A Quick Guide To Composing An Essay On To Kill A Mockingbird
This Pulitzer Prize winning novel by Harper Lee is set in the Depression of the early 20th century in the small town of Alabama where the protagonist lives; a 10 year old girl named Jean Louise "Scout" Finch. Being Atticus Finch's daughter, a distinguished lawyer with high morals, the story revolves around Scout, her family and friends and how, when Atticus decides to defend a black man, Maycomb's racist community rises to an uproar against them.
Below are some tips that can help you write this essay:
- Read and analyze:
- Outline a sketch:
- Read sample essays:
- Produce a rough draft:
Go through the novel extensively; focus on the events that emerge as you move forward and how the characters develop. Also, focus on the way the characters exhibit themselves through their dialogue deliveries. It's important that you see through to the nature of not only the protagonist, but also the story as a whole; what it represents and why.
Don't forget to take notes as you go through this stage.
Create a rough sketch of how you want your essay to look. Make portions based on characters (Scout, Jem, Atticus, Boo, Tom Robinson, Dill, etc), describe them and how they played their part in the story. Also, describe how you think everything and everyone connects throughout the plot.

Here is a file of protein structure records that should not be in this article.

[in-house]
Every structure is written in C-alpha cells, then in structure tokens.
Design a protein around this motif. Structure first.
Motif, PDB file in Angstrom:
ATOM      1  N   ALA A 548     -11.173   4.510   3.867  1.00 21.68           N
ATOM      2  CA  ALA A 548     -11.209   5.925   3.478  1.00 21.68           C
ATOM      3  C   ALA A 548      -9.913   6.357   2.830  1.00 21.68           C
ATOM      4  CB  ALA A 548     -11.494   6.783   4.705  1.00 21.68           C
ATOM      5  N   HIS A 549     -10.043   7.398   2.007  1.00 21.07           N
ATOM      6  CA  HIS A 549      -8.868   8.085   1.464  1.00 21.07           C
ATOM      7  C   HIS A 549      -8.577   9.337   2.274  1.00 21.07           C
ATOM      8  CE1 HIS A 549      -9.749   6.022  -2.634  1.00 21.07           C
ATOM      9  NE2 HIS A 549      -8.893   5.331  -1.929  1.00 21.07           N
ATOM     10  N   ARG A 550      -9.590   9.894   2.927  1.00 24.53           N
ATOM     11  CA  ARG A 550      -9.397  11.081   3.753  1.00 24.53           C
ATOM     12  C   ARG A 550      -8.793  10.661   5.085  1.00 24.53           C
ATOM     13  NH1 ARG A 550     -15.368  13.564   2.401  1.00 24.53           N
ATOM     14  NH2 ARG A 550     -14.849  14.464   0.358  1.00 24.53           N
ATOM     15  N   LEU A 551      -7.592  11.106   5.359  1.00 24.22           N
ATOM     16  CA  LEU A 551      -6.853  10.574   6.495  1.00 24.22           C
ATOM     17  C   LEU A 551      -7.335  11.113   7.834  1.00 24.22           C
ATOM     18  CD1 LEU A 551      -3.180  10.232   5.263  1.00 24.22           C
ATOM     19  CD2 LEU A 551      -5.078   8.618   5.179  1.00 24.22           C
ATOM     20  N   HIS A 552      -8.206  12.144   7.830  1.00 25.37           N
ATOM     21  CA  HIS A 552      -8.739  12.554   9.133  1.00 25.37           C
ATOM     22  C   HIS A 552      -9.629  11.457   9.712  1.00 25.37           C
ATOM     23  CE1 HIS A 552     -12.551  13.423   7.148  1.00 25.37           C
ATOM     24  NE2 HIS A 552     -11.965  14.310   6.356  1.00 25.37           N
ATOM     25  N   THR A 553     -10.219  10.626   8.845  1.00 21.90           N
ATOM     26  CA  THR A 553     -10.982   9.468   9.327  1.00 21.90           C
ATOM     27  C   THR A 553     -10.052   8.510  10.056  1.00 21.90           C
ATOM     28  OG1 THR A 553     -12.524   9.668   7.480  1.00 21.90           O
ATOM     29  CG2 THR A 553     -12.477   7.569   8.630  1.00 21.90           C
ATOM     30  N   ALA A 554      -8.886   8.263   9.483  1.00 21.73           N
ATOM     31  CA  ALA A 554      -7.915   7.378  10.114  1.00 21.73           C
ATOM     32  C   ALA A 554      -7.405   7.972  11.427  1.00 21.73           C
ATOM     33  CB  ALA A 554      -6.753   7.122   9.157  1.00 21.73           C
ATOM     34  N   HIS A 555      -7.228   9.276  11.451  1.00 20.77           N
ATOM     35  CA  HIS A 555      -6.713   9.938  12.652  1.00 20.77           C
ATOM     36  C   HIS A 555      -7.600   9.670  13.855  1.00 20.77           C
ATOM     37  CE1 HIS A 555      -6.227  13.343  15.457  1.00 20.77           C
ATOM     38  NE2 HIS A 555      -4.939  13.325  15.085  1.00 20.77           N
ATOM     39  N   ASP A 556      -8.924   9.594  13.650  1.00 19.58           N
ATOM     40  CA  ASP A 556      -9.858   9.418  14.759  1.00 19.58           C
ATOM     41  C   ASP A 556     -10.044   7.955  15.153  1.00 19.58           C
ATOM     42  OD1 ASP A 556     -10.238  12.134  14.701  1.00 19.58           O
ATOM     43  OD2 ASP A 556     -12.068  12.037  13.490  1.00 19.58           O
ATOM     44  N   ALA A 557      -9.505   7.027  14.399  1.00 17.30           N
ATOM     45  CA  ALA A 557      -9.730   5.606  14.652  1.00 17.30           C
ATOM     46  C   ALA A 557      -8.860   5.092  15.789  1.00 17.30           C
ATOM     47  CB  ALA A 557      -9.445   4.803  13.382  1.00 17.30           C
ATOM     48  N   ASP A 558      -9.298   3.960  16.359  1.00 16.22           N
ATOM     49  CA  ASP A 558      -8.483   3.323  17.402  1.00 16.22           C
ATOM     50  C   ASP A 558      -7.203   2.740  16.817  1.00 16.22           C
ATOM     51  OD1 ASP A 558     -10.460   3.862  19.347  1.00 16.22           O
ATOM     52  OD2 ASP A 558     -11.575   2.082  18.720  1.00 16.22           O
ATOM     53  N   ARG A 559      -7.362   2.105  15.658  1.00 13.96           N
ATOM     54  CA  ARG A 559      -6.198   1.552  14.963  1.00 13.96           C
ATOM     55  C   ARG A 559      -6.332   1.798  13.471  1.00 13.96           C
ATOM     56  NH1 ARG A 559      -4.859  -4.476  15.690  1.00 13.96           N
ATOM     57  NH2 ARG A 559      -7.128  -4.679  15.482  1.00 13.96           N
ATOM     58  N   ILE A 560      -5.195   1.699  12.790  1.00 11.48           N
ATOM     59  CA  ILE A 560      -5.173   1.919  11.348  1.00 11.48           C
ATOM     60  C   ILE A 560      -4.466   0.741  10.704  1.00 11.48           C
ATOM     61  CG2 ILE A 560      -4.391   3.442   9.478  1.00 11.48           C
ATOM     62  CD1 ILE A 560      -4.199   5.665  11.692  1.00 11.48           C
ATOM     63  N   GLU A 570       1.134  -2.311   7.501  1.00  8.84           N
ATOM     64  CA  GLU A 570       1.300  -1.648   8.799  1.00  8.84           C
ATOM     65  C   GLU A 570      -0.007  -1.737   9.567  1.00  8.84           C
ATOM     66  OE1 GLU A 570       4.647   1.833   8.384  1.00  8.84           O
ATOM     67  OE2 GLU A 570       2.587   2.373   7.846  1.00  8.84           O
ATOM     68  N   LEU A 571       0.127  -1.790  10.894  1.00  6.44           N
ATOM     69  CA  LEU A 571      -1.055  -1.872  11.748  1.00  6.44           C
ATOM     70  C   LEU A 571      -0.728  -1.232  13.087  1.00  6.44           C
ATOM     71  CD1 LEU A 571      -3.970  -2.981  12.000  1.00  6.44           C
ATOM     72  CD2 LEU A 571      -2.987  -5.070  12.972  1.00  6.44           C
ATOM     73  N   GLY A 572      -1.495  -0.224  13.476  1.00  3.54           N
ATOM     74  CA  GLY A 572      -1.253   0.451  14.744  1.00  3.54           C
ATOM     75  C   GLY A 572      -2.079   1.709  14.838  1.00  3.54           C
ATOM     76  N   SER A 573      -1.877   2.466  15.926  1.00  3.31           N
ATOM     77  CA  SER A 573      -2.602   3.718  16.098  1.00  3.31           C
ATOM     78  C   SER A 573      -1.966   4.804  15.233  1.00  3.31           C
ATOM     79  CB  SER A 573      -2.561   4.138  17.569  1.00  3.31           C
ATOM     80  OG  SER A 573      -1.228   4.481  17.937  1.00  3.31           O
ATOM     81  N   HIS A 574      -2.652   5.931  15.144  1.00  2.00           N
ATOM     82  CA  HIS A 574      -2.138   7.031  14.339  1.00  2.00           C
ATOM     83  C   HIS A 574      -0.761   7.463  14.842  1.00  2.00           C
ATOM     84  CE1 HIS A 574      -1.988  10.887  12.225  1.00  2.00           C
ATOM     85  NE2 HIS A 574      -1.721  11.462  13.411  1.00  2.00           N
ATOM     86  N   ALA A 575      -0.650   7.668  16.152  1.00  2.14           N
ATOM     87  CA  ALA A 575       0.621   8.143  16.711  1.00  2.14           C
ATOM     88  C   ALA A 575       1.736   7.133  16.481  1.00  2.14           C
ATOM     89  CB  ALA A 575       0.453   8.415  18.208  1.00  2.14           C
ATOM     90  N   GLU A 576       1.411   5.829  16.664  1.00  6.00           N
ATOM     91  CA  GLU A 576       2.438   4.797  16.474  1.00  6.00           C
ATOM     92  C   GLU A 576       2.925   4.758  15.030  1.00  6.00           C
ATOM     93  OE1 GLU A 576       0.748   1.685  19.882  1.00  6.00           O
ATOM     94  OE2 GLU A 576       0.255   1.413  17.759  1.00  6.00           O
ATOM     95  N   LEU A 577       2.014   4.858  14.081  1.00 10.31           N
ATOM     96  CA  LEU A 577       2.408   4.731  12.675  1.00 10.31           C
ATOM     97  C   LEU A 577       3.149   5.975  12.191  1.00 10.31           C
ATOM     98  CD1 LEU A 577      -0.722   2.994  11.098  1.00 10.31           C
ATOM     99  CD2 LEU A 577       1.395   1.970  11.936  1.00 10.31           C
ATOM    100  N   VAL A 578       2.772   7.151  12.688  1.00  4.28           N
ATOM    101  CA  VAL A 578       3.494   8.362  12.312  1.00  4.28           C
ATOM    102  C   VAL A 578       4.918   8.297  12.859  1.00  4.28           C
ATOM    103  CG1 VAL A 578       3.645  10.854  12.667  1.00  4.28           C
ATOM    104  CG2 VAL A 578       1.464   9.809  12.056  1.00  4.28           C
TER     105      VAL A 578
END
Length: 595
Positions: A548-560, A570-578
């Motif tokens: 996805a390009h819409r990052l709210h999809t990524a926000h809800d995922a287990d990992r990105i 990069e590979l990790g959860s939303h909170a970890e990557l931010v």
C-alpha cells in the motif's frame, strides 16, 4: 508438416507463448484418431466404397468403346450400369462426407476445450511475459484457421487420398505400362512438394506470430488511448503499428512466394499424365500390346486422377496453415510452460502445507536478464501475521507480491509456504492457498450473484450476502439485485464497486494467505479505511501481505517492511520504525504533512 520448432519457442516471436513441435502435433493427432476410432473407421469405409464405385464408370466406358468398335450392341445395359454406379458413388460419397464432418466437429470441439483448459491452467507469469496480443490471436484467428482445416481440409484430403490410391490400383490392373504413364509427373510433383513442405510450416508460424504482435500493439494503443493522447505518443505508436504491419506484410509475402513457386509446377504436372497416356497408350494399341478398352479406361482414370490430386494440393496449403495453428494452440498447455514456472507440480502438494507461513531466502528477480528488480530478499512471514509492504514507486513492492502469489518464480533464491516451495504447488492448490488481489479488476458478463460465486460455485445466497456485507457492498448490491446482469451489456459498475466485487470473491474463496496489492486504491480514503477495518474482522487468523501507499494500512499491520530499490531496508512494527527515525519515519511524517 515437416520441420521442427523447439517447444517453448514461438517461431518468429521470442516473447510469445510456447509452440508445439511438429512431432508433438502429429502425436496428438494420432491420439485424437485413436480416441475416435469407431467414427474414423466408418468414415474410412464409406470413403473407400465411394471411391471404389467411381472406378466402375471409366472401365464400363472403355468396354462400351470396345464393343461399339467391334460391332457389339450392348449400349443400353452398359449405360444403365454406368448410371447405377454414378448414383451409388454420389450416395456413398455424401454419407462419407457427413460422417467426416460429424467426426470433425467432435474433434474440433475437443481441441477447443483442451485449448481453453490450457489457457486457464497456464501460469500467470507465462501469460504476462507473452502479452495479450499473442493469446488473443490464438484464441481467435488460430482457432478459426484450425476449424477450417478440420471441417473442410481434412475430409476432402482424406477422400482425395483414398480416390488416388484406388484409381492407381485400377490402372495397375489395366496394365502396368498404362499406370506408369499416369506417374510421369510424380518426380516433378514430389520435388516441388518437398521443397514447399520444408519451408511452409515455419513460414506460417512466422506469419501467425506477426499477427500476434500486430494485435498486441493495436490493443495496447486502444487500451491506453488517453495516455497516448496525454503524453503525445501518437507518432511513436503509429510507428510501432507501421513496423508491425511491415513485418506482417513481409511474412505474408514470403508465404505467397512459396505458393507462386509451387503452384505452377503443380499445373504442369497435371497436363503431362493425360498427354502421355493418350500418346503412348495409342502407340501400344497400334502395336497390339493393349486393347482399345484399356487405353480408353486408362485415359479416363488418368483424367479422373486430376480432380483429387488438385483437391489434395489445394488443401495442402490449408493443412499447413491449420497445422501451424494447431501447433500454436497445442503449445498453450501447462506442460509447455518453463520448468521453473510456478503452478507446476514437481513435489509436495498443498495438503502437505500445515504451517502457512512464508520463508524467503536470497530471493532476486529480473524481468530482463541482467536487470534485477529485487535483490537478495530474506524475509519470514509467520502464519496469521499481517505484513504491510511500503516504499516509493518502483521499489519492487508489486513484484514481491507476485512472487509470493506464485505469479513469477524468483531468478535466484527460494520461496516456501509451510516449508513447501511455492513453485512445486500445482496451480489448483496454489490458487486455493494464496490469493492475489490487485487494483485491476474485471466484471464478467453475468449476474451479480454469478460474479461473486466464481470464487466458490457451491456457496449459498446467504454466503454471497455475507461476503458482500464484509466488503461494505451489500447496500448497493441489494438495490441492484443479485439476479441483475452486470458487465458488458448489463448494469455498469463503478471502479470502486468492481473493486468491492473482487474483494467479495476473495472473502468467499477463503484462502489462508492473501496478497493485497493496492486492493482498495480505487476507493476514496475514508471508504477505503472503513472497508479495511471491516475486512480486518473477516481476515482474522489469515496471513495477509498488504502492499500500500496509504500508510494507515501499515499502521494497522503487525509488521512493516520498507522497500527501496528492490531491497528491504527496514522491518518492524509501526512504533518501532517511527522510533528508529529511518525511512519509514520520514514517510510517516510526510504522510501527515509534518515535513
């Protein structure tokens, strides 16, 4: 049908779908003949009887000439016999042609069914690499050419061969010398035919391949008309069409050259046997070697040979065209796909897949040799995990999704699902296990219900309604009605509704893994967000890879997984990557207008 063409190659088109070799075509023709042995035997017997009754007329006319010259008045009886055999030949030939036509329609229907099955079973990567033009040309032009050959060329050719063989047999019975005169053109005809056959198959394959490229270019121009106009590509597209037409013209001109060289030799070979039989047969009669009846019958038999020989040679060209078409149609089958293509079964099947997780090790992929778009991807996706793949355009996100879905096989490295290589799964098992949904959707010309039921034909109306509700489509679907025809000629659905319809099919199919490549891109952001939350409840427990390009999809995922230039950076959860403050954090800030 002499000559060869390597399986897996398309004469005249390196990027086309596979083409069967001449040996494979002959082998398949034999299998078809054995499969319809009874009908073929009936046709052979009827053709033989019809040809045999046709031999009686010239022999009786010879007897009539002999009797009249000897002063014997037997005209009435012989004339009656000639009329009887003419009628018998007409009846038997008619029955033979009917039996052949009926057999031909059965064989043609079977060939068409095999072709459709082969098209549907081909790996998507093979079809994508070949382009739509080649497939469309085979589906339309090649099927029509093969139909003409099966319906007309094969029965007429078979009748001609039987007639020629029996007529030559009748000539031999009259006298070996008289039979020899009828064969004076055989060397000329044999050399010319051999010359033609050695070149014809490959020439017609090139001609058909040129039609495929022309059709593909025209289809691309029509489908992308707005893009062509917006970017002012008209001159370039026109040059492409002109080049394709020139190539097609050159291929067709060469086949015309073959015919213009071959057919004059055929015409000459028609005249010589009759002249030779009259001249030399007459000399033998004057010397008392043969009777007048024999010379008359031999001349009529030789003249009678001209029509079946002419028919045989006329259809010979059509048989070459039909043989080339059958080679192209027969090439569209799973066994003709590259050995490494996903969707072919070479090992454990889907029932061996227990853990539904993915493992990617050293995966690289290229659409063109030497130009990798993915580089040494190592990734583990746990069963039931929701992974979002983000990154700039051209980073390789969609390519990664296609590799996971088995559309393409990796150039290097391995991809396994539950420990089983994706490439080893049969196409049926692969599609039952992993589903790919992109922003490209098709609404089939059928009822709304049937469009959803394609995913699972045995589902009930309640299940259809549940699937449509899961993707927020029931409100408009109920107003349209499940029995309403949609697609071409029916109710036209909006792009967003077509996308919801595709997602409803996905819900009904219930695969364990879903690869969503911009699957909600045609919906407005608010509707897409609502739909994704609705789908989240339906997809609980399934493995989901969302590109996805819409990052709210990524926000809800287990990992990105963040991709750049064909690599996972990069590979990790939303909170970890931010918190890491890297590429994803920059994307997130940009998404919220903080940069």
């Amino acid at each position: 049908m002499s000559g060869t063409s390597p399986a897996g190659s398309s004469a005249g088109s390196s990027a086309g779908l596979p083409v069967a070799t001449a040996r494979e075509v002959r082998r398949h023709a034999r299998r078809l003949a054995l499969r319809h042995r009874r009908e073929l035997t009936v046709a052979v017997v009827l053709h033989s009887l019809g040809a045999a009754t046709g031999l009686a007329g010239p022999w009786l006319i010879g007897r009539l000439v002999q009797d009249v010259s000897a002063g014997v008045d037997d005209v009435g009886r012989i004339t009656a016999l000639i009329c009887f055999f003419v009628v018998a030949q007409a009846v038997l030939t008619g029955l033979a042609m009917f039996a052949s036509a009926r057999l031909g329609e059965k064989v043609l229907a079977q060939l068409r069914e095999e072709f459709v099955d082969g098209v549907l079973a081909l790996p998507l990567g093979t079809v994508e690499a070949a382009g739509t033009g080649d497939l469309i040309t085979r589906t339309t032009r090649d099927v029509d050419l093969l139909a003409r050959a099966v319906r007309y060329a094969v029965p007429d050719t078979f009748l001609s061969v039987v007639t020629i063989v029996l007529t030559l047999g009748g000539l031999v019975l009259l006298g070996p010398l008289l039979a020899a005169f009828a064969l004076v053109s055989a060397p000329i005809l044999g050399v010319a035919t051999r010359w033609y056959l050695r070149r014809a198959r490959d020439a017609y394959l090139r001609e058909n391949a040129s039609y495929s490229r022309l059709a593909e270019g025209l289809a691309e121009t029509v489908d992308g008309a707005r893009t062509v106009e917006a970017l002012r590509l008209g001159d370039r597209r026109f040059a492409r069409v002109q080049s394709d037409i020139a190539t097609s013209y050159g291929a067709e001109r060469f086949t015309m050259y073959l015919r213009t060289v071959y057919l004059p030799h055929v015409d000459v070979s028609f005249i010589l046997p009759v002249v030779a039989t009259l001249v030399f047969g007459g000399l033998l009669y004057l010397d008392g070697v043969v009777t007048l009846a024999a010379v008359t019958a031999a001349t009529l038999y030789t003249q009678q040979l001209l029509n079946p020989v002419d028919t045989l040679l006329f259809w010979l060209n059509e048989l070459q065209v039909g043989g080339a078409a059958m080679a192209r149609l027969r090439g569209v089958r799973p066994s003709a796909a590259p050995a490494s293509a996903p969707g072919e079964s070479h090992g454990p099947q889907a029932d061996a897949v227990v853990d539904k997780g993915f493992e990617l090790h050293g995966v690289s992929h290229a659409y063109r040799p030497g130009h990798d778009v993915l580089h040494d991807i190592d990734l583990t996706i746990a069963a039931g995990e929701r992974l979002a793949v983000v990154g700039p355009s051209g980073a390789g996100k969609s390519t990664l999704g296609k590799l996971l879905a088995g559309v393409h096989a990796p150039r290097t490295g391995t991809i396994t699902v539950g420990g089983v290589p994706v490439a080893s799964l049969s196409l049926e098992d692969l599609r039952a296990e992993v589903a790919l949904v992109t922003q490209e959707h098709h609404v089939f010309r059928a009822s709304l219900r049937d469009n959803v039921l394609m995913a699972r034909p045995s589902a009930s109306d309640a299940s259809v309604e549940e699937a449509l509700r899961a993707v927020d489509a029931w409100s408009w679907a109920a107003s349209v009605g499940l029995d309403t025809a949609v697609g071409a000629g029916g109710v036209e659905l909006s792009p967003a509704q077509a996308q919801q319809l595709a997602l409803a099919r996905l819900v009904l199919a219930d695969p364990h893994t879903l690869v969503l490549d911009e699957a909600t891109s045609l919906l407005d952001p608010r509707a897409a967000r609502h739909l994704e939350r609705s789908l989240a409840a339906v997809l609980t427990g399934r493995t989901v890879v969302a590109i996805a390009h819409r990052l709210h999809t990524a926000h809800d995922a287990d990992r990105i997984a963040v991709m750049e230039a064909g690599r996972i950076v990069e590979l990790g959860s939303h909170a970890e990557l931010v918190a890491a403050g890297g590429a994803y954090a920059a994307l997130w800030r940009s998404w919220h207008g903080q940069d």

Going through sample essays online on the same subject will help you discover fresh point of views. It will give a considerable view on how and what points other people have made and what directions they chose to give their essays.
Now is the time for you to roughly jot down your views on the essay by starting off with introductory paragraph(s) which summarily voice your argument and main point regarding the novel. Followed by that should be a body of paragraphs which dives more into your main point and extensively debates over it. Lastly, end your essay with a conclusion that ropes everything together.
Go back to the notes you had jotted down. Reread all the important character traits, plot turns, narration traits and the story's representation of the momentous issue of racism as a whole.
Now finalize your draft and remove all unnecessary errors. Read the essay aloud to yourself to ensure it is smooth and highlight areas it needs an improvement in. You could also ask a friend or relative to read it and point out any points that could be expressed in a better voice.